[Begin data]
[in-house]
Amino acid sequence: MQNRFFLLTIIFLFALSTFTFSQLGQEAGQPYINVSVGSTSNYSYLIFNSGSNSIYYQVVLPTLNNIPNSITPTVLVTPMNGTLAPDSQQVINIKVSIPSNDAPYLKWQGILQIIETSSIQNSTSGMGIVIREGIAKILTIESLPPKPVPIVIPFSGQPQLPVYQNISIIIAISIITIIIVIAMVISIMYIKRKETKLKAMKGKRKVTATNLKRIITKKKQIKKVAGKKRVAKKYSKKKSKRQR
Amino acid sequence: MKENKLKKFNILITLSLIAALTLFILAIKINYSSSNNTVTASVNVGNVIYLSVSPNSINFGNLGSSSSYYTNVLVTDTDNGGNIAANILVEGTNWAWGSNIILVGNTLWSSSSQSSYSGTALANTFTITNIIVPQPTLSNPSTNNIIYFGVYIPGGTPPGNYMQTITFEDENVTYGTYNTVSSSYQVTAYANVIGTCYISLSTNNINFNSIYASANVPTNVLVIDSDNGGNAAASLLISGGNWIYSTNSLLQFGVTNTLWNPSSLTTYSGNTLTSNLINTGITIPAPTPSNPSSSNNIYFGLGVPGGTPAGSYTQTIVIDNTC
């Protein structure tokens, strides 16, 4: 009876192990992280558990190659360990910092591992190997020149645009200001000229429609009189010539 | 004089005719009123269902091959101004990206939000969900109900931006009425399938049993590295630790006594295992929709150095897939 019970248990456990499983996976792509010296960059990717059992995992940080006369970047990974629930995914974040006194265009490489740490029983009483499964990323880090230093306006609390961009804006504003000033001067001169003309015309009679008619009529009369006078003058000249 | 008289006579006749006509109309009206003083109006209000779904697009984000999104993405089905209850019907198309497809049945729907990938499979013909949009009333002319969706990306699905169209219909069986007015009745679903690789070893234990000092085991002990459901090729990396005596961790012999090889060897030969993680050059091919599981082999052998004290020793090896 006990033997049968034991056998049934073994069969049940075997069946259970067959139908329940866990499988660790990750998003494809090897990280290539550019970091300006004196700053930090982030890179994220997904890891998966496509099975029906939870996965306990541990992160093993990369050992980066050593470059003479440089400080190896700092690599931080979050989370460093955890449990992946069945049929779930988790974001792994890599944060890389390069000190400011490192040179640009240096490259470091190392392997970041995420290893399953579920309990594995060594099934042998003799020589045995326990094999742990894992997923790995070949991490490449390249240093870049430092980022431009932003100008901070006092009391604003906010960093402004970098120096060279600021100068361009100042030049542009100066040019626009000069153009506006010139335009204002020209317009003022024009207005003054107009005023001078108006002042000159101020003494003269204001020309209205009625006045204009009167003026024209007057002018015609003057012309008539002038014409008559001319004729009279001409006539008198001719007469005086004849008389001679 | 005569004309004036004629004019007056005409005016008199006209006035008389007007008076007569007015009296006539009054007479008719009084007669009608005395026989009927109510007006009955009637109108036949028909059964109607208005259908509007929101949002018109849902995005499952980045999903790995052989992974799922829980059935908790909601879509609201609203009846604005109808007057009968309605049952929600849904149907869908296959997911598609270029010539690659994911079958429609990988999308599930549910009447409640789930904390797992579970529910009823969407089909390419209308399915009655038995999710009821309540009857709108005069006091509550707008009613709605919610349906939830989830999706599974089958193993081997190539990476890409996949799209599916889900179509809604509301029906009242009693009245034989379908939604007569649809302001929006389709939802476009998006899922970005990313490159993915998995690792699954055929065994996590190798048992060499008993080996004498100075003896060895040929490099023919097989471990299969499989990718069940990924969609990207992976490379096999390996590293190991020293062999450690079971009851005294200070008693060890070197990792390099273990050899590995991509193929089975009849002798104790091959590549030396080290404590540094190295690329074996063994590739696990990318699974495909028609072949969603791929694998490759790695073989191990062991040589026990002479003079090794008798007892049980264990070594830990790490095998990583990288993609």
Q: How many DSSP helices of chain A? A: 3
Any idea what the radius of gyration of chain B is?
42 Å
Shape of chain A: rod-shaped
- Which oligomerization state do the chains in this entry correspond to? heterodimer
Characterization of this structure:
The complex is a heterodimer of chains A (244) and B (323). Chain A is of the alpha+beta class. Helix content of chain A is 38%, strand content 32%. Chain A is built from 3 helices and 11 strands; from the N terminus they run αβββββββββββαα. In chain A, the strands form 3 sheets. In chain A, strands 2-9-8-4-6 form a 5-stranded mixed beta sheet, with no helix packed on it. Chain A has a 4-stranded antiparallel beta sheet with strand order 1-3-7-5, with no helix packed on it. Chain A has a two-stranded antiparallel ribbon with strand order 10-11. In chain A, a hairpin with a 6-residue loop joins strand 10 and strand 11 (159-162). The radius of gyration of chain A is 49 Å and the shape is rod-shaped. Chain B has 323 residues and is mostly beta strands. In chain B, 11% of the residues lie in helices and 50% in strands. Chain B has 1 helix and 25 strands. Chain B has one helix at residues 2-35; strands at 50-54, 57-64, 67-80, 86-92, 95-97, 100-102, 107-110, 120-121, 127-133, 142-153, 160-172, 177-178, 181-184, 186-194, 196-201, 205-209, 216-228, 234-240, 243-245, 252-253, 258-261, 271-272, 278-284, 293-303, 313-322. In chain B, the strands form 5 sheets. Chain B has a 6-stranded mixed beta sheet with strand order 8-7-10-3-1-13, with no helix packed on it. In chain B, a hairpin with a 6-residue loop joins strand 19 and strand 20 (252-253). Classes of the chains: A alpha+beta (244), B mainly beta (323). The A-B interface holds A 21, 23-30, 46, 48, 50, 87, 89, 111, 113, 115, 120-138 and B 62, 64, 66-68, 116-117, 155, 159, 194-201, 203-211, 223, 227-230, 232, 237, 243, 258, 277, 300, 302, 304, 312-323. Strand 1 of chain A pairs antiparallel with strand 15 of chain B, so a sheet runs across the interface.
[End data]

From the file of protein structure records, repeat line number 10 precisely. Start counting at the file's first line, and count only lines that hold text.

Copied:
Characterization of this structure: